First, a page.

A pension fund for thousands of retired coal miners faces insolvency by the end of December, and Congress is running out of time to make the fix.
In September, the Senate Finance Committee approved the Miners Protection Act by 18-8. But neither the full Senate nor the House of Representatives has taken up the bill.
With the clock ticking, 22 senators from both parties wrote Senate Majority Leader Mitch McConnell, R-Ky., and House Speaker Paul Ryan, R-Wis., on Tuesday to urge the bill’s passage.
Retired miners have already received notices that their health care benefits would end.
“During the month of October, approximately 12,500 of our nation’s retired coal miners received notices informing them that their healthcare benefits will be terminated at the end of this year,” the senators wrote. “On November 1st, another 3,600 miners began to receive notices. And next year, 6,500 more will suffer the same fate.”
The United Mine Workers of America’s pension plan is underfunded because the number of retirees now far exceeds the number of active workers as union mining jobs have declined along with a general downturn in the coal industry.
The Miners Protection Act has bipartisan support from a number of senators from coal-producing states: Democrat Joe Manchin and Republican Shelley Moore Capito of West Virginia; Democrat Dick Durbin and Republican Mark Kirk of Illinois; Ohio Republican Rob Portman and Pennsylvania Democrat Bob Casey.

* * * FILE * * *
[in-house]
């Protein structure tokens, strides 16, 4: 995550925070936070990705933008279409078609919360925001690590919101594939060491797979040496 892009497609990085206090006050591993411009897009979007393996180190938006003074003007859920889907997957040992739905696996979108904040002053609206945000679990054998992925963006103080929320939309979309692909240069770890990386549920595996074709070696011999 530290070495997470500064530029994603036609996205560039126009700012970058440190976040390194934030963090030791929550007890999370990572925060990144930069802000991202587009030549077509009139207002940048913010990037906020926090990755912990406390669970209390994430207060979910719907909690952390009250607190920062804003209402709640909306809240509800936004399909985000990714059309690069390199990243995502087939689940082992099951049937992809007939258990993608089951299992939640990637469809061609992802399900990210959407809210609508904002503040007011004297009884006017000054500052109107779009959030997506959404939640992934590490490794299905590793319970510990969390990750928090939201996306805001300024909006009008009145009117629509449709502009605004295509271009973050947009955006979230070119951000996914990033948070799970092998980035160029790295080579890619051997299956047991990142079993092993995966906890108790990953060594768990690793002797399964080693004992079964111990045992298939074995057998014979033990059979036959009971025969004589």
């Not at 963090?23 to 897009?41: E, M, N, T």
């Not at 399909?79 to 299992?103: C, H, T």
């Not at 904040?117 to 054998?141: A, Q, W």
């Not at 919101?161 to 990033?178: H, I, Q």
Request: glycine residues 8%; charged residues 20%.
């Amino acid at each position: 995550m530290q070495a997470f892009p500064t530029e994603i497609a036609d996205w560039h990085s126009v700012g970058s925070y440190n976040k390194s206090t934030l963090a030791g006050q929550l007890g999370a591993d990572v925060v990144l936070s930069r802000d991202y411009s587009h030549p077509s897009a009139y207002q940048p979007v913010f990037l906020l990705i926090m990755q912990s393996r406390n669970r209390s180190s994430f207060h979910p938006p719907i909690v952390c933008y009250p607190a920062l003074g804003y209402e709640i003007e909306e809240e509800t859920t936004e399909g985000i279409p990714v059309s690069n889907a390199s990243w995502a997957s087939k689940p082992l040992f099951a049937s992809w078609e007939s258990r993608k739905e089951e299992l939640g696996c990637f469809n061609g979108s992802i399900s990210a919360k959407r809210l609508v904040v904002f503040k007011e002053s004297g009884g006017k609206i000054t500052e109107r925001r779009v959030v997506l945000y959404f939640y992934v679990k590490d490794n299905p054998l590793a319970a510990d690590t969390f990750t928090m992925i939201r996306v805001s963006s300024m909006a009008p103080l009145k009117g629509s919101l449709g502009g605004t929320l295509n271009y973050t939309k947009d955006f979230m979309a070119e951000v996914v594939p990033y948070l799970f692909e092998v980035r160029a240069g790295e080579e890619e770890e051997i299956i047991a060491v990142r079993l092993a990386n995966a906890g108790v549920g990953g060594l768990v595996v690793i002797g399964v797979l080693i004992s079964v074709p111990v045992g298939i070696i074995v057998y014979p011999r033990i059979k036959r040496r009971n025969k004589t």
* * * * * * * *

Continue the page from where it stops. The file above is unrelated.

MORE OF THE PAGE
It does not yet have the backing of McConnell or Kentucky’s junior senator, Rand Paul.
A group of retired miners from Eastern Kentucky and other struggling coal regions came to Capitol Hill in September to protest the lack of congressional action on the pension rescue
The legislation would transfer excess funds from a federal program to reclaim and restore abandoned mine sites to keep the pension plan solvent. If lawmakers do nothing, the federal Pension Benefit Guaranty Corp. would assume the liabilities and the pension plan’s beneficiaries would face benefit cuts.
A group of retired miners from Eastern Kentucky and other struggling coal regions came to Capitol Hill in September to protest the lack of congressional action on the pension rescue.
Donald Trump won in part because of heavy support in coal-producing regions, but it is far from certain that he can fulfill his campaign promise to bring back coal-related jobs.